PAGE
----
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Restaurants mind their menus as much as their recipes.
Ever notice how the grocery store puts milk all the way at the back of the store, even though shoppers often duck in just for a gallon of it?
It’s no accident. Retailers know that traveling past the snack aisles (hello, cookies and crackers) on the way to dairy is pretty tempting.
Grocers aren’t the only ones. Some clothing stores have up-fitted their dressing rooms with lighting and mirrors that make us appear more, well, fit than we may actually be.
When we look better and feel better, we’re more prone to buy, shop longer or splurge on extras; in other words, to deviate from our plan.
It’s the science behind presentation. And marketing.
And it applies to restaurants, too.
“We come to a restaurant with a particular action plan and maybe a budget, but then we change our mind, and part of their goal is to change our mind,” says Dan Ariely, a leading behavioral economist at Duke University. “Once we are in their environment, it’s hard not to kind of follow their rules for what we should order. It’s easy to think that it’s appropriate to order appetizers and the main dish and dessert and maybe a bottle of wine even if we don’t necessarily think this is the right approach for us.”
Here are a few common methods:
1.) The decoy. The decoy is pricey and you may not order it, but it’s there to set a standard. People react in relative terms, according to Ariely, who holds a Ph.D in both cognitive psychology and business. “We look at the information around us and we think, relative to this, what is expensive and what is not?” he explains. “If there’s an item on the menu that’s extra expensive we might not buy that item, but the overall shift of what is reasonable and not reasonable to spend is going to change.”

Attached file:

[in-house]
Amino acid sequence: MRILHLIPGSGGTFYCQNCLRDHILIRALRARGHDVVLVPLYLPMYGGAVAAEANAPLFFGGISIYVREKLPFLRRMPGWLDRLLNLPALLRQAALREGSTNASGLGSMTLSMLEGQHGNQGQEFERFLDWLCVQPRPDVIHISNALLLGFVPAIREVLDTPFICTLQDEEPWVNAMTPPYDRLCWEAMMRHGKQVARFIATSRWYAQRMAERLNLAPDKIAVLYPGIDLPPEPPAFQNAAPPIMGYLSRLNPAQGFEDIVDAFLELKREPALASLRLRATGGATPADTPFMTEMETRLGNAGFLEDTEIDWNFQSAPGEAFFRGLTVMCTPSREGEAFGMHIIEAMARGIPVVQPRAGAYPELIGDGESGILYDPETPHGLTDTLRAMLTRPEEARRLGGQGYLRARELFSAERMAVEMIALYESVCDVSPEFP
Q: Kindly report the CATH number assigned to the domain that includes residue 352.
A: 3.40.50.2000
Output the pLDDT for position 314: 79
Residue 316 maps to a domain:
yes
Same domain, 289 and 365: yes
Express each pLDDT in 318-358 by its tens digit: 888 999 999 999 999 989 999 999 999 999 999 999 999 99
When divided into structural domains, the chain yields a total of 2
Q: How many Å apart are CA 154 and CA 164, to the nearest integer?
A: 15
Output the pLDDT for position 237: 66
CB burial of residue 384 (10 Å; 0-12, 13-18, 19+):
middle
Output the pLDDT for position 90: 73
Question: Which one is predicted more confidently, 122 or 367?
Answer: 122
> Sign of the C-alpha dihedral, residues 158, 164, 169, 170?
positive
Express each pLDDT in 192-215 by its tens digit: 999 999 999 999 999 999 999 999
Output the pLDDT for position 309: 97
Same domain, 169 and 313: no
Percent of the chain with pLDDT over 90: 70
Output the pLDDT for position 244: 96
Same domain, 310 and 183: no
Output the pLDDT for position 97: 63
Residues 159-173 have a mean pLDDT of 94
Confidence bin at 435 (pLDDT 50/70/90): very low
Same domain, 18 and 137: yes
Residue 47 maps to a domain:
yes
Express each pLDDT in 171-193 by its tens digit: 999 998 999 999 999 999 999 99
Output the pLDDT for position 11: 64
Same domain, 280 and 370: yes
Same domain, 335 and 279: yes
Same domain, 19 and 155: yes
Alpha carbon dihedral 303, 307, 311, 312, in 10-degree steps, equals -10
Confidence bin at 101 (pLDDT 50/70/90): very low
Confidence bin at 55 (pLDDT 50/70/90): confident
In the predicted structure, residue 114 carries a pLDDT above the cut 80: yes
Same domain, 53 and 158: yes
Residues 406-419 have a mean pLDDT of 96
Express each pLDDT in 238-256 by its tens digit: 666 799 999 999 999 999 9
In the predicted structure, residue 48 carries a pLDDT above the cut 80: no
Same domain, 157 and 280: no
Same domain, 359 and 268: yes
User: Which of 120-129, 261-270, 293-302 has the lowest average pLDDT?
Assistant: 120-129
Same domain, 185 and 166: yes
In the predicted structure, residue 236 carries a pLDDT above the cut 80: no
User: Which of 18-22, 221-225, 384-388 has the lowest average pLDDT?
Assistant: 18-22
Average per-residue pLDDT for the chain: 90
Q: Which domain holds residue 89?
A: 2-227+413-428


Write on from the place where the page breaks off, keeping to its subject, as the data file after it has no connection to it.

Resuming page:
2.) The menu-come-lately. Desserts may get their own, separate menu. Researchers say it’s because patrons may skip an appetizer or something else if they spot a must-have dessert on the main menu and decide to plan for it.
3.) The beautiful prompt. Words can be magic. And research tells us that rich explanations of, for example, where the tomatoes were farmed and where the chicken came from make a difference. “We become susceptible to the description of the information … we become more excited about that and are more likely to pay a high price,” says Ariely.
4.) What you don’t see: dollar signs, and food prices in a row. Studies show people spend more when the price of the entrée is noted as simply 15 rather than $15. And entrée prices listed in a row may promote price shopping.
5.) The sweet spot. Research shows that most people look first at the upper right corner of a two-page menu. Restaurants may put the item with the biggest profit margin there. Or, maybe that’s where the most-ordered item is. After all, restaurants are looking for patrons to have a big time, but they’re also looking for them to return.
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